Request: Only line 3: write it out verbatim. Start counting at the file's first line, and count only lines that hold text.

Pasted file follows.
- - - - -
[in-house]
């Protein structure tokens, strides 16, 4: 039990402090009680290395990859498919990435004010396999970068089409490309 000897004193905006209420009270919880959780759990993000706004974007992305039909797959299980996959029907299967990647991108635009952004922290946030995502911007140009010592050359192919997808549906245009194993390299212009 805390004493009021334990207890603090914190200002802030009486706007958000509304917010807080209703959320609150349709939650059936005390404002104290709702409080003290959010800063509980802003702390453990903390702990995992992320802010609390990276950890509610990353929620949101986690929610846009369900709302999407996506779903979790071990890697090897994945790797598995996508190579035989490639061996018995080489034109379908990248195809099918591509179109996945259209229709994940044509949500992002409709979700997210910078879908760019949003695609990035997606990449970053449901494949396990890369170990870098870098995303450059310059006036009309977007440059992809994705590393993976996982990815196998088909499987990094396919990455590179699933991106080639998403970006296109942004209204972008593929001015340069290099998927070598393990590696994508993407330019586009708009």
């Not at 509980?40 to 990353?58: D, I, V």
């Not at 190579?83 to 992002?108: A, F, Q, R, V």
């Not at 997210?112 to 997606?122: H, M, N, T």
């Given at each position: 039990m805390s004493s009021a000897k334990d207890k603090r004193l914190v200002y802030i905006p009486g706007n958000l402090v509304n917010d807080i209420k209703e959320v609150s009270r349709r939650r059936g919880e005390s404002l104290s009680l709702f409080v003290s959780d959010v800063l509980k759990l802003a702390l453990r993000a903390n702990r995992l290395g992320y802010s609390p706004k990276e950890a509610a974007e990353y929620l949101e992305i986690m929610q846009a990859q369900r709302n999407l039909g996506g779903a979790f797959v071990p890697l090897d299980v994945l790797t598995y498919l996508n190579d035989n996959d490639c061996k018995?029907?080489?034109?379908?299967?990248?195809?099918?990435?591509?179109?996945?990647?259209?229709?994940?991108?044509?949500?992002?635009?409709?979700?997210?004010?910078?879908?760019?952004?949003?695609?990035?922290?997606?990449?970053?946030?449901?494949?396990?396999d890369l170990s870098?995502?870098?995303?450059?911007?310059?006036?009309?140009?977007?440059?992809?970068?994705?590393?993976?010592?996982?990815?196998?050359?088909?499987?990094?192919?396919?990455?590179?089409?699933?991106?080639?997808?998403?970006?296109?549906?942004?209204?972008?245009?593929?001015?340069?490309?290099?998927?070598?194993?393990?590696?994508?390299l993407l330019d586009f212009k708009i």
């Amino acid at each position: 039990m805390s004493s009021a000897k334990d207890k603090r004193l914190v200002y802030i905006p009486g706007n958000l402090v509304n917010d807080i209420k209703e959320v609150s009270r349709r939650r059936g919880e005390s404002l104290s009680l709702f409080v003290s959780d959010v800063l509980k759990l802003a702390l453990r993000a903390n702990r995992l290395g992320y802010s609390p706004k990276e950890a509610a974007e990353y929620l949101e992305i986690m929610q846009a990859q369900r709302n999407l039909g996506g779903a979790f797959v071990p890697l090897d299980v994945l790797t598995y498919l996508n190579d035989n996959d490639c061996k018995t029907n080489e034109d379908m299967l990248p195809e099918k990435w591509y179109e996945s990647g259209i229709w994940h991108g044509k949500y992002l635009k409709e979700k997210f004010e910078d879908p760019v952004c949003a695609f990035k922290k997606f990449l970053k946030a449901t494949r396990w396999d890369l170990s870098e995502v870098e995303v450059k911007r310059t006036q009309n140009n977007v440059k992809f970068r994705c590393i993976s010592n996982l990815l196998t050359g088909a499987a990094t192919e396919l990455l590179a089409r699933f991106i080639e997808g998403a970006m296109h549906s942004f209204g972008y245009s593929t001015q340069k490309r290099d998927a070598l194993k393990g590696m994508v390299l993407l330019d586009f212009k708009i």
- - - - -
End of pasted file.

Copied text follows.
């Not at 509980?40 to 990353?58: D, I, V």